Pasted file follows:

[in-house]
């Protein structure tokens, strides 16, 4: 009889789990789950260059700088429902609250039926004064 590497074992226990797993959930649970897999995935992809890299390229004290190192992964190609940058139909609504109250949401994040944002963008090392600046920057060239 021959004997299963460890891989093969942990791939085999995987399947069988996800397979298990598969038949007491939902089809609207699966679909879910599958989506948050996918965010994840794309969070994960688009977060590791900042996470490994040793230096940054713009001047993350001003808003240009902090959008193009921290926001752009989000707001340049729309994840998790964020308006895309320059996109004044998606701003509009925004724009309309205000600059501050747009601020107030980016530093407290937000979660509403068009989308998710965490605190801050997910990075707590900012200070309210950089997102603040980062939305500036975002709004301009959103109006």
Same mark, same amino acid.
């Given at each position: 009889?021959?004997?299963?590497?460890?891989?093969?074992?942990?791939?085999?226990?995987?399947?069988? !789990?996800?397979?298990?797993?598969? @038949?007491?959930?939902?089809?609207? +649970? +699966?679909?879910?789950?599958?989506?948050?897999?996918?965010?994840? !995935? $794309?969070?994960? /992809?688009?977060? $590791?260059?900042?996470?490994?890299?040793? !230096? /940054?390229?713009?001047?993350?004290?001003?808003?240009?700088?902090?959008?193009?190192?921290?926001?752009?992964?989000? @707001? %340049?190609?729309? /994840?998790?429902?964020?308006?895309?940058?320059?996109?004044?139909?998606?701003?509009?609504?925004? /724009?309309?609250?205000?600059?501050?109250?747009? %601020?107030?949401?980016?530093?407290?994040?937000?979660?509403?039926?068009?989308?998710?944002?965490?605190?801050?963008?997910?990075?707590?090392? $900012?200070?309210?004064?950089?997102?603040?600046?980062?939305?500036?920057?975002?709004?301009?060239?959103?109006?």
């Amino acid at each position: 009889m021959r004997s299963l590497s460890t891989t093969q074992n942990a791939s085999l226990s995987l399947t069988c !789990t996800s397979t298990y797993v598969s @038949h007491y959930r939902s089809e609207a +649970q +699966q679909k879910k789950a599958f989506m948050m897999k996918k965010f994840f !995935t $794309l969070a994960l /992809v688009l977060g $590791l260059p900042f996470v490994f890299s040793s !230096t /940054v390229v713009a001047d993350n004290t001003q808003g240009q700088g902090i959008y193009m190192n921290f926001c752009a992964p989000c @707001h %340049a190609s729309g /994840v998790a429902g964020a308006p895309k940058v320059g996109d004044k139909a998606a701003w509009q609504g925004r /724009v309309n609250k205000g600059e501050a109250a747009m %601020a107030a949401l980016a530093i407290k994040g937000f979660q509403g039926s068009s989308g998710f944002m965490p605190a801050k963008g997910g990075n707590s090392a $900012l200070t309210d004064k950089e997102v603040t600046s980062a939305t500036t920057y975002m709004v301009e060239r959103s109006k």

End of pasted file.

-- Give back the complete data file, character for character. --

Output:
[in-house]
């Protein structure tokens, strides 16, 4: 009889789990789950260059700088429902609250039926004064 590497074992226990797993959930649970897999995935992809890299390229004290190192992964190609940058139909609504109250949401994040944002963008090392600046920057060239 021959004997299963460890891989093969942990791939085999995987399947069988996800397979298990598969038949007491939902089809609207699966679909879910599958989506948050996918965010994840794309969070994960688009977060590791900042996470490994040793230096940054713009001047993350001003808003240009902090959008193009921290926001752009989000707001340049729309994840998790964020308006895309320059996109004044998606701003509009925004724009309309205000600059501050747009601020107030980016530093407290937000979660509403068009989308998710965490605190801050997910990075707590900012200070309210950089997102603040980062939305500036975002709004301009959103109006």
Same mark, same amino acid.
């Given at each position: 009889?021959?004997?299963?590497?460890?891989?093969?074992?942990?791939?085999?226990?995987?399947?069988? !789990?996800?397979?298990?797993?598969? @038949?007491?959930?939902?089809?609207? +649970? +699966?679909?879910?789950?599958?989506?948050?897999?996918?965010?994840? !995935? $794309?969070?994960? /992809?688009?977060? $590791?260059?900042?996470?490994?890299?040793? !230096? /940054?390229?713009?001047?993350?004290?001003?808003?240009?700088?902090?959008?193009?190192?921290?926001?752009?992964?989000? @707001? %340049?190609?729309? /994840?998790?429902?964020?308006?895309?940058?320059?996109?004044?139909?998606?701003?509009?609504?925004? /724009?309309?609250?205000?600059?501050?109250?747009? %601020?107030?949401?980016?530093?407290?994040?937000?979660?509403?039926?068009?989308?998710?944002?965490?605190?801050?963008?997910?990075?707590?090392? $900012?200070?309210?004064?950089?997102?603040?600046?980062?939305?500036?920057?975002?709004?301009?060239?959103?109006?």
């Amino acid at each position: 009889m021959r004997s299963l590497s460890t891989t093969q074992n942990a791939s085999l226990s995987l399947t069988c !789990t996800s397979t298990y797993v598969s @038949h007491y959930r939902s089809e609207a +649970q +699966q679909k879910k789950a599958f989506m948050m897999k996918k965010f994840f !995935t $794309l969070a994960l /992809v688009l977060g $590791l260059p900042f996470v490994f890299s040793s !230096t /940054v390229v713009a001047d993350n004290t001003q808003g240009q700088g902090i959008y193009m190192n921290f926001c752009a992964p989000c @707001h %340049a190609s729309g /994840v998790a429902g964020a308006p895309k940058v320059g996109d004044k139909a998606a701003w509009q609504g925004r /724009v309309n609250k205000g600059e501050a109250a747009m %601020a107030a949401l980016a530093i407290k994040g937000f979660q509403g039926s068009s989308g998710f944002m965490p605190a801050k963008g997910g990075n707590s090392a $900012l200070t309210d004064k950089e997102v603040t600046s980062a939305t500036t920057y975002m709004v301009e060239r959103s109006k």